Fiona Kennedy on the important role of mental health for both parents and children
As a parent, I think one of my biggest fears is the impact that the difficulties I have had with my mental health could potentially have on my kids.
I have a boy and a girl, aged eight and six, and have been trying to get a handle on borderline personality disorder and depression for their entire lives. The fear that I could have damaged them in some way, the guilt that I feel on a day I’m not doing well; it has quite literally kept me awake at night and at times it makes me feel sick to my stomach.
On the flip side, that guilt and fear has also served to make me really aware of what I want for my kids in the future. If I can teach them to manage their emotions, to understand why they react to things as they do, to be self-sufficient and resilient, then I will be happy that I have done a good job.
Over the last eight years, I have learned a lot about myself, my place in the world, how I relate to the world, how I relate to other people, and what is most important to me. I have come to realise that for me, peace of mind and feeling connected is the holy grail. It is not stuff, it is not the size of my bank balance or the make of my car - which is just as well as neither are all that spectacular - it is how I feel.
Someone asked me recently what a good day for me looks like, and the answer is really, really simple. A good day for me is one in which I am calm, in which I feel in control, but not that I am clinging on for dear life. A day in which I relate well to my kids, and am able to do what I need to do.
At the moment those are very small things, relatively speaking; it is being able to get my kids out of the house in the morning without a fight, get the homework done without stress, or if there is stress, that I can manage it and help them through it. It is spending time with my kids, at their level, in their world, without bringing my expectations into the situation.
I had a really lovely reminder of what that looks like this week. My boy has been quite anxious of late, and I am working hard to help him manage that. One thing I know that helps is simply spending time with him, doing what he wants, at his pace.
This week, it was a walk in the woods. It didn’t start out that way; I left the house with an agenda. We were going to do a good fast walk and get some exercise for both us and the dogs. I was focusing on the end goal of getting home knowing I had achieved something and ticked a couple of boxes on the list – dogs walked, check, fresh air for my boy, check – you get the idea. But he wanted to explore some, so we did that instead. We ended up being outside for an hour, mooching through a small wooded area near our house, just chatting and spending time in each other’s company.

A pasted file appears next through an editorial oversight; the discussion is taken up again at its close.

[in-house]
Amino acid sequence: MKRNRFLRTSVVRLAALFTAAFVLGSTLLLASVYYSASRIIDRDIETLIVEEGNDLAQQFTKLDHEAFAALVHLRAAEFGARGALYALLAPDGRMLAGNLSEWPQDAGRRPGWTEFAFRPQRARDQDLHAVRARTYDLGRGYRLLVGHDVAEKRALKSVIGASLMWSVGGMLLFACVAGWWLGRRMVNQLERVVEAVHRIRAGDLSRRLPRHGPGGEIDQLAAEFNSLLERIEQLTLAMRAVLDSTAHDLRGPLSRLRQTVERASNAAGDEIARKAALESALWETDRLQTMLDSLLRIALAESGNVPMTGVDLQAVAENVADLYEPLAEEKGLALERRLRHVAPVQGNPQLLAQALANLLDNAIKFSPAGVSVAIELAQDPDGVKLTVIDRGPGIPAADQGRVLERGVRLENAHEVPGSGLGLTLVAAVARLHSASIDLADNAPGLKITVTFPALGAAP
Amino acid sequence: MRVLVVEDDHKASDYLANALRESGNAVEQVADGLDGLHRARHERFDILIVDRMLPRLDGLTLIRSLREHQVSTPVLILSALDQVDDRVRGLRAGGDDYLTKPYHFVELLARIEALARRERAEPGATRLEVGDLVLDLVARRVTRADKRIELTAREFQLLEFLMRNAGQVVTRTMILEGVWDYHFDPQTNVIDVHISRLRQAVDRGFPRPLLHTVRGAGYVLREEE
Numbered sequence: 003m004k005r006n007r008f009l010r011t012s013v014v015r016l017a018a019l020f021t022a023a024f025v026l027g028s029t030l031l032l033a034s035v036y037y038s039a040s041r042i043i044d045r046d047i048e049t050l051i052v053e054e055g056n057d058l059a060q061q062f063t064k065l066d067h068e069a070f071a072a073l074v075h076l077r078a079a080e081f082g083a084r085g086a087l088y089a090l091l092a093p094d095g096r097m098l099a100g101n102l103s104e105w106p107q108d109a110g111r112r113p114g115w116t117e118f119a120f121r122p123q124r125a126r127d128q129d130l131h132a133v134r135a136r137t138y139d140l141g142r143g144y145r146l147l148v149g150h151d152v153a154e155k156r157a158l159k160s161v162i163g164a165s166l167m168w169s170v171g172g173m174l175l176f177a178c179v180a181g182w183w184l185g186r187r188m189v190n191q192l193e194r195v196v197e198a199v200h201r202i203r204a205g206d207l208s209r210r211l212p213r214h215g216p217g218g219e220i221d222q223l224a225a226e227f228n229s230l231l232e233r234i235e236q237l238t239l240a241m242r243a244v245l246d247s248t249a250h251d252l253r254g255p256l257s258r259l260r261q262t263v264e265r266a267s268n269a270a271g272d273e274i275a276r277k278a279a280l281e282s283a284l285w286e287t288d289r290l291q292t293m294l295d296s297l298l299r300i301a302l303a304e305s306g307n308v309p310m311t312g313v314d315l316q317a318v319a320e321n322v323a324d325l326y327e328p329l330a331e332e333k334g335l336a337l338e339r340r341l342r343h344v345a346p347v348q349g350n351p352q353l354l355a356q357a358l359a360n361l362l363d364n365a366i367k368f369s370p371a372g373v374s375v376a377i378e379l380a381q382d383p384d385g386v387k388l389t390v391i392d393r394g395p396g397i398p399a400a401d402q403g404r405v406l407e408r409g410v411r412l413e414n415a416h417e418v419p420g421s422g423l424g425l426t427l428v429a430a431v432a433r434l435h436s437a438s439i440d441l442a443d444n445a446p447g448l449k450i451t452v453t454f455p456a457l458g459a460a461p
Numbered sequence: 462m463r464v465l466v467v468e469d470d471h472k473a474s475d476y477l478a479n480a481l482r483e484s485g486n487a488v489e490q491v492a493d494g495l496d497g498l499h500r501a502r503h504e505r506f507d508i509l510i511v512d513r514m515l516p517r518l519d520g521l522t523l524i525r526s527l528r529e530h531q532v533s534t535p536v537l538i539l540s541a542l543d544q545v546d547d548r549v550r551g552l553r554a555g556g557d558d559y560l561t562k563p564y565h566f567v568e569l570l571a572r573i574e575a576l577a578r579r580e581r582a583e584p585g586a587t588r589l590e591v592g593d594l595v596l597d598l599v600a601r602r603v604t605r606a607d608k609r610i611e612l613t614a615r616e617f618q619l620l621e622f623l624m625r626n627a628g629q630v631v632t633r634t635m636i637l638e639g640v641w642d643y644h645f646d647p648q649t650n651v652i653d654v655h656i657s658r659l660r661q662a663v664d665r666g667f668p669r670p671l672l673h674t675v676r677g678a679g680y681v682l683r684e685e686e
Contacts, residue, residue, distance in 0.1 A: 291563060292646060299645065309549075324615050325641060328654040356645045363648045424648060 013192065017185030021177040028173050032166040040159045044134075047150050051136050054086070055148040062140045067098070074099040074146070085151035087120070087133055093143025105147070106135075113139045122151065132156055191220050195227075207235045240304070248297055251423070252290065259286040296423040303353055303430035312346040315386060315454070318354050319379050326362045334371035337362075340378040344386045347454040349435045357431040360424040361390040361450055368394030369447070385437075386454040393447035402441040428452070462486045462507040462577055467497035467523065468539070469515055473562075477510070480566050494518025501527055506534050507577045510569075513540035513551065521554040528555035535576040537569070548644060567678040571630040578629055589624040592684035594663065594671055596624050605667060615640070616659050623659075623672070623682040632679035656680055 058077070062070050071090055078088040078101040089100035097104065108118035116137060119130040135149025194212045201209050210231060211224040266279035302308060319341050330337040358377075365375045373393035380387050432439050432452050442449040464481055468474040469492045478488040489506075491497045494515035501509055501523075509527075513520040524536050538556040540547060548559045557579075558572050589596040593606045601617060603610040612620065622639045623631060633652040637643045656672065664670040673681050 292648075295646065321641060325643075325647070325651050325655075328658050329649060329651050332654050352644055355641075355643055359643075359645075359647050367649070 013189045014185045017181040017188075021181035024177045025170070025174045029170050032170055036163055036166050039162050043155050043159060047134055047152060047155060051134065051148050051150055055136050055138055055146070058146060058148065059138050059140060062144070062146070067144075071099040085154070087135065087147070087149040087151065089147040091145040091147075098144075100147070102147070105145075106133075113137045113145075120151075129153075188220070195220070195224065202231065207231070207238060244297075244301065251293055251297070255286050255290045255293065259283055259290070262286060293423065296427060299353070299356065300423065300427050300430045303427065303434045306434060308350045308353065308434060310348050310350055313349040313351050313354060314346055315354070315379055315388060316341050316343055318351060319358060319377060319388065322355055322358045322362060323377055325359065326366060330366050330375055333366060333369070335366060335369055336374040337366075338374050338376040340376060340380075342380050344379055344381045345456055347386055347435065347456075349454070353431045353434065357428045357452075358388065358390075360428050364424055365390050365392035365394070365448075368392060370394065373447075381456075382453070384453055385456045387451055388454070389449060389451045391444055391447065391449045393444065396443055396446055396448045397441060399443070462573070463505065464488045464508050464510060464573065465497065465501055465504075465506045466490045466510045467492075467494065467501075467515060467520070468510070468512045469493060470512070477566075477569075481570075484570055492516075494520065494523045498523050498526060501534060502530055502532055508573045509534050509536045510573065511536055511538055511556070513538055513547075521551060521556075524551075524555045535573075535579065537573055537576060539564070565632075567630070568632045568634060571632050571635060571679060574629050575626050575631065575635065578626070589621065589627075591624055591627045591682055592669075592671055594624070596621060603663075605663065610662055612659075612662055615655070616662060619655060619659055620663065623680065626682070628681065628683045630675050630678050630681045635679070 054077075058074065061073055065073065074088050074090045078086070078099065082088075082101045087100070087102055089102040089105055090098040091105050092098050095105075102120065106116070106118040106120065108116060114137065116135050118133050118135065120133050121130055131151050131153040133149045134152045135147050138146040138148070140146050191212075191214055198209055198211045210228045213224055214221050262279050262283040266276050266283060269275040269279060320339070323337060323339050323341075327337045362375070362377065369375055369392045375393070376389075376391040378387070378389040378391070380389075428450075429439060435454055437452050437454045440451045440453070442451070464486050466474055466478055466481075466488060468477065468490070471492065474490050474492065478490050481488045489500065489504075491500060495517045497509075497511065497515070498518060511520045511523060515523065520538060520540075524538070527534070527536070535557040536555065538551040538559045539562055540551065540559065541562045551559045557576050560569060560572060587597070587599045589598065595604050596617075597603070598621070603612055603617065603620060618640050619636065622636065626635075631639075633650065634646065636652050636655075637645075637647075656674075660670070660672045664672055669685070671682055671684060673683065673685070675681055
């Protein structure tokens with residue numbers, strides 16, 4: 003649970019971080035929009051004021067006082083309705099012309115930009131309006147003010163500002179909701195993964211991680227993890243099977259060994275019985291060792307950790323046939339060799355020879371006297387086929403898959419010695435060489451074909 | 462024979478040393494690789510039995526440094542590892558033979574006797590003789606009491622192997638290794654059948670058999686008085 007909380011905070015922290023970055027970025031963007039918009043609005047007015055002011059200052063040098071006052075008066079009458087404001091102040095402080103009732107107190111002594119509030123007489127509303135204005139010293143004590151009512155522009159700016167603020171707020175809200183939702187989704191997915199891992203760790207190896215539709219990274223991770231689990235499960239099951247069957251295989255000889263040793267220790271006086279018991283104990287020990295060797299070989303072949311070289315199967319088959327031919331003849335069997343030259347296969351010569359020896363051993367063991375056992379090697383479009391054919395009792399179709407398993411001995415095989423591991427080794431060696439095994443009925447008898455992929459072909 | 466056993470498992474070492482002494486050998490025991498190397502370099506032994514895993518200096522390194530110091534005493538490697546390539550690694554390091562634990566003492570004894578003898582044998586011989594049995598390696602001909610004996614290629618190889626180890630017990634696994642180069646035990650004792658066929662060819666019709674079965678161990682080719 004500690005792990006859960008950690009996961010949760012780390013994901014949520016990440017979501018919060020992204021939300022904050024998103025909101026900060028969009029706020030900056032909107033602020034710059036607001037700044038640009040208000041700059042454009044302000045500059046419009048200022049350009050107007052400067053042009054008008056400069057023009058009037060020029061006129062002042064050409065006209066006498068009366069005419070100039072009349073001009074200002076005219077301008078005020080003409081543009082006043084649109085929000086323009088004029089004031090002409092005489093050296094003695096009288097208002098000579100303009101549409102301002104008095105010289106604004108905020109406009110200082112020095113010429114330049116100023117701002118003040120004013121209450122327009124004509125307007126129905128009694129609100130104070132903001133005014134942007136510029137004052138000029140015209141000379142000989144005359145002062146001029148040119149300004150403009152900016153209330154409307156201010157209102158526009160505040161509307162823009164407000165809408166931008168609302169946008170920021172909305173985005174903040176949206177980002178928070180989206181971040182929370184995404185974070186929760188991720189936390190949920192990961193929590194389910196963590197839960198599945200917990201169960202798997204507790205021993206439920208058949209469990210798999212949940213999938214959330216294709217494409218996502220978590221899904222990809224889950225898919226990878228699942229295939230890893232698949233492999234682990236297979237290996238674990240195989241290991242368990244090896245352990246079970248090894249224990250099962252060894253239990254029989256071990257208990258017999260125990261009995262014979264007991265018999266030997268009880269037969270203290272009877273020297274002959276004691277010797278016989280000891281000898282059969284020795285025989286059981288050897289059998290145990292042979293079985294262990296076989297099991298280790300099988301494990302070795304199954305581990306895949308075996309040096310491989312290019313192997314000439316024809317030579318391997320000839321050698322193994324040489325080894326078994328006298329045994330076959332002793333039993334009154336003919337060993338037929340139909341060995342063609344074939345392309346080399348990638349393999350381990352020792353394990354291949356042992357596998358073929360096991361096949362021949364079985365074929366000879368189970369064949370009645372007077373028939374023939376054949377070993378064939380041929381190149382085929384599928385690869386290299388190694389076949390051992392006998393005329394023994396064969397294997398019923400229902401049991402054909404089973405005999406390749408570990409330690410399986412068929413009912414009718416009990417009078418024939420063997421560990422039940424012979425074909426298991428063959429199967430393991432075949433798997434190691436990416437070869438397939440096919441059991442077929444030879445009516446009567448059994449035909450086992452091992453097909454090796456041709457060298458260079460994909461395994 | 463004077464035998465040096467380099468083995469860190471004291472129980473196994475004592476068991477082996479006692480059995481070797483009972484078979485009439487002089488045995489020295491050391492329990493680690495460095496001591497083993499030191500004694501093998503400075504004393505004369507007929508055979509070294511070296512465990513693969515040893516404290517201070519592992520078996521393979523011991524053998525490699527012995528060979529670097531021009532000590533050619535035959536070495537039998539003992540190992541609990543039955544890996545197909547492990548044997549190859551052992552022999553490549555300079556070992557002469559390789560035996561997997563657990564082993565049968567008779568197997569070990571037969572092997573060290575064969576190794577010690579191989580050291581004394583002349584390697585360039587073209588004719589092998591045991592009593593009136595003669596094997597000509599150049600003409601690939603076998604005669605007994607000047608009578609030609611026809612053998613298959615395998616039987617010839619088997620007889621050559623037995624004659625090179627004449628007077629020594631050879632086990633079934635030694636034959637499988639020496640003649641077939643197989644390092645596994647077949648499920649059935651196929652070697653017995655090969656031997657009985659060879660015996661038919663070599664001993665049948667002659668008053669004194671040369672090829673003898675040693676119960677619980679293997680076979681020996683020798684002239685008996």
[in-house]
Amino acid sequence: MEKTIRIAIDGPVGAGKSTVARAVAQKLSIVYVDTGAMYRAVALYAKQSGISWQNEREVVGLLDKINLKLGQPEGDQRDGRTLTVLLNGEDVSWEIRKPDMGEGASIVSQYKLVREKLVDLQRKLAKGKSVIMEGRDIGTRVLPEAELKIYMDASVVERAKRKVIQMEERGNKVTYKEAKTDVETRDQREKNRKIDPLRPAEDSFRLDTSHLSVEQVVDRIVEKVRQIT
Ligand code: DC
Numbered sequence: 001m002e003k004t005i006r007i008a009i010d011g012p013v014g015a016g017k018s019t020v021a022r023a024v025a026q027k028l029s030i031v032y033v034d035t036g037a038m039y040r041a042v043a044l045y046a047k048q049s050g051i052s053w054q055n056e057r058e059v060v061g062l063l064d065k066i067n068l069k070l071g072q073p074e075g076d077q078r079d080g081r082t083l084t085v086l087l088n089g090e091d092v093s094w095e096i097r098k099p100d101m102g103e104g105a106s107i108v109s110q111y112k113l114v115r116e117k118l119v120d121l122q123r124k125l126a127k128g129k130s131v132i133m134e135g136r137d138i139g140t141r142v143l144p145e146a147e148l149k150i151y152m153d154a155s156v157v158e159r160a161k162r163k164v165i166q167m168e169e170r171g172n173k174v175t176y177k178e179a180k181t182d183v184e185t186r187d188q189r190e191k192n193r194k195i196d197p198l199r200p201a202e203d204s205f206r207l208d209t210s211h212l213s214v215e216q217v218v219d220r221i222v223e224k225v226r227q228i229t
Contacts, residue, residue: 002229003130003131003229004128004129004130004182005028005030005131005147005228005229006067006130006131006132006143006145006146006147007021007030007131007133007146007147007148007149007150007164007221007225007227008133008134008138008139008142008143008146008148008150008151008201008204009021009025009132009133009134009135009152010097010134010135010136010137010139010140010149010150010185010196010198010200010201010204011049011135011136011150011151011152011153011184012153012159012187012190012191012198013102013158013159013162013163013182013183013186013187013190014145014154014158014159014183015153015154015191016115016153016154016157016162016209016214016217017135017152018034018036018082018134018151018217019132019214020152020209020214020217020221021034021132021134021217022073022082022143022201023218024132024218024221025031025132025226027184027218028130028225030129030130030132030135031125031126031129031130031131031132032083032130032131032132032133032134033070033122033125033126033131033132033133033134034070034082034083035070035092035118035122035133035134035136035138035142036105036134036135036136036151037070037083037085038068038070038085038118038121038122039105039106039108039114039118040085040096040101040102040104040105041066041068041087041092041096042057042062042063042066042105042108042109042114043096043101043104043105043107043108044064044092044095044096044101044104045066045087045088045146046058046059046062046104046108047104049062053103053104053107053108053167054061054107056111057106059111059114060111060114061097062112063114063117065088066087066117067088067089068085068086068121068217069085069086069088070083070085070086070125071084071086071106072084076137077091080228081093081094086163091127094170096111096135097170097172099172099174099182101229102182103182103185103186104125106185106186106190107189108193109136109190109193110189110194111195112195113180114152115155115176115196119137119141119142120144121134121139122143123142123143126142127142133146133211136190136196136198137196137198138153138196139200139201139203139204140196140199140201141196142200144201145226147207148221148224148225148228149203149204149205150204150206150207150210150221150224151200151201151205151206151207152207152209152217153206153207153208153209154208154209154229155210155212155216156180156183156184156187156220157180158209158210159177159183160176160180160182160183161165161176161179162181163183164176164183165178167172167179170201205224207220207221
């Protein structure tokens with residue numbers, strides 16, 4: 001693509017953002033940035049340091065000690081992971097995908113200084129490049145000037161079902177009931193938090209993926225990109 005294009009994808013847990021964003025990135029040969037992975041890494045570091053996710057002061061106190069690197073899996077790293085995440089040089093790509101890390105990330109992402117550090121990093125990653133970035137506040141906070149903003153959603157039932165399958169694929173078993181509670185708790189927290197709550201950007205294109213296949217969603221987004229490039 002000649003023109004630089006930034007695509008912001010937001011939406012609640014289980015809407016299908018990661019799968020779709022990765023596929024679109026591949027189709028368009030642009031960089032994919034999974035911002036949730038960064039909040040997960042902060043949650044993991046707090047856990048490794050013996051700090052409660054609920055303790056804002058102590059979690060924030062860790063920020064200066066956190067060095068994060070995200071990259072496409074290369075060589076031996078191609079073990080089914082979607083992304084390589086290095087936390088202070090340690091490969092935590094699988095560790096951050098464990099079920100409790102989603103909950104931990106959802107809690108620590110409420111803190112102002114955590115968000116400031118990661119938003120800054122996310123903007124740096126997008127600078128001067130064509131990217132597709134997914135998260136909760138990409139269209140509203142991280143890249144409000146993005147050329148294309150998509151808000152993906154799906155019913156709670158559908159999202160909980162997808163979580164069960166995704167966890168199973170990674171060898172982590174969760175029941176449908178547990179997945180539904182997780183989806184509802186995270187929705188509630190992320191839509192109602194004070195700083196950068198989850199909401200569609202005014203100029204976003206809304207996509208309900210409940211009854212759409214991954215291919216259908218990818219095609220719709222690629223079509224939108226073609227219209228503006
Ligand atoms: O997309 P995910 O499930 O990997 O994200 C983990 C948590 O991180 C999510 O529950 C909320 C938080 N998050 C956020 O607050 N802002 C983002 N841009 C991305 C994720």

Image: Pine woods on Wicklow Mountains. A dense pine wood covers the side of a mountain near Glendalough, Co Wicklow. Photo. /RollingNews.ie
Technically, we didn’t achieve anything, but emotionally, it felt so important. I felt a really strong connection with my son again, something that it’s too easy to lose track of in the list of 'shoulds' that are part of everyday life. He looked relaxed. He looked happy. My focus was not on what I needed to do next, or what I felt I should be doing instead, it was on us, on him.
I came home feeling 100 times better than I would have done had we done our power walk, because beneficial and all as that would have been, this was different. I wasn’t passing time with him, I was spending time with him, and I think there’s an important distinction there.
I regularly (several times on a daily basis) tie myself up in knots about where I’m falling down as a mother. I second guess every single decision I make. If my kids are anxious, or stressed, or angry, I own it. I make it my fault. I’m working hard to remember that this does none of us any favours at all.
They have to learn what different emotions feel like: how to identify them, how to understand them - and that includes the difficult ones. My job is to help them in that, and if needs be, show them better ways of coping than throwing a tantrum or giving up on something in frustration.
If I can take any positive from the chaos of the last few years, it is knowing what is important for me and my family. I want my kids to feel that they are enough, that they matter and that they are loved. I want them to have empathy, to feel not only comfortable, but safe and happy in their own company. I want them to be able to handle the inevitable dramas that life will throw at them without resorting to the sort of self-destructive coping mechanisms that I relied on for so much of my life.
If they have all that, then it has been worth it. Every single second of the pain and angst and trauma has been worth it.